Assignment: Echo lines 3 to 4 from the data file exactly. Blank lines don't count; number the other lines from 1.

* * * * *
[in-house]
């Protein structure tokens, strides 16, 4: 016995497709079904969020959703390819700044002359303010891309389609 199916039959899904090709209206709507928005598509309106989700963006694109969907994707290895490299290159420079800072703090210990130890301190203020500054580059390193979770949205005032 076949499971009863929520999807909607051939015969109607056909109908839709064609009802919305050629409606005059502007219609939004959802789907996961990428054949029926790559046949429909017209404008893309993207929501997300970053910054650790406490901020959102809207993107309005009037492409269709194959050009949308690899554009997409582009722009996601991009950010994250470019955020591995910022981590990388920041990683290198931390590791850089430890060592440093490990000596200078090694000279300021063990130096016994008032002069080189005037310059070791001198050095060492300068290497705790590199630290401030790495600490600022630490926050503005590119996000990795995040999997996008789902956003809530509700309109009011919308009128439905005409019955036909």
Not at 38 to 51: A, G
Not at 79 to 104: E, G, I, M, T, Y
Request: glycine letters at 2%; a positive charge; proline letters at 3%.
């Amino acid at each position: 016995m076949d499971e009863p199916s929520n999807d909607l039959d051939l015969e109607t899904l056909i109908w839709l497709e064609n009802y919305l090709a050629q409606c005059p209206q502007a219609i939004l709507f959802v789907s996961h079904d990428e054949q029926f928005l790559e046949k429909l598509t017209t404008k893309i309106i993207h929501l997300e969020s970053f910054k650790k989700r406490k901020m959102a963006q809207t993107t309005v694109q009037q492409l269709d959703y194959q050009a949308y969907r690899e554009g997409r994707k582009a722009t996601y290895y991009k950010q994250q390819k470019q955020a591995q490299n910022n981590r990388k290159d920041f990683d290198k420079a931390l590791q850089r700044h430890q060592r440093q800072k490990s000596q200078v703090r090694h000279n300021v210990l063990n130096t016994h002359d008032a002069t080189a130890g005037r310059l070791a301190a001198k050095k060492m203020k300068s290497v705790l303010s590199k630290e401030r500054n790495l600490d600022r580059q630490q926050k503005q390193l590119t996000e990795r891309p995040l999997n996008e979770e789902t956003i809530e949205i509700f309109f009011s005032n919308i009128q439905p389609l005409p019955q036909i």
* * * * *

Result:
Not at 38 to 51: A, G
Not at 79 to 104: E, G, I, M, T, Y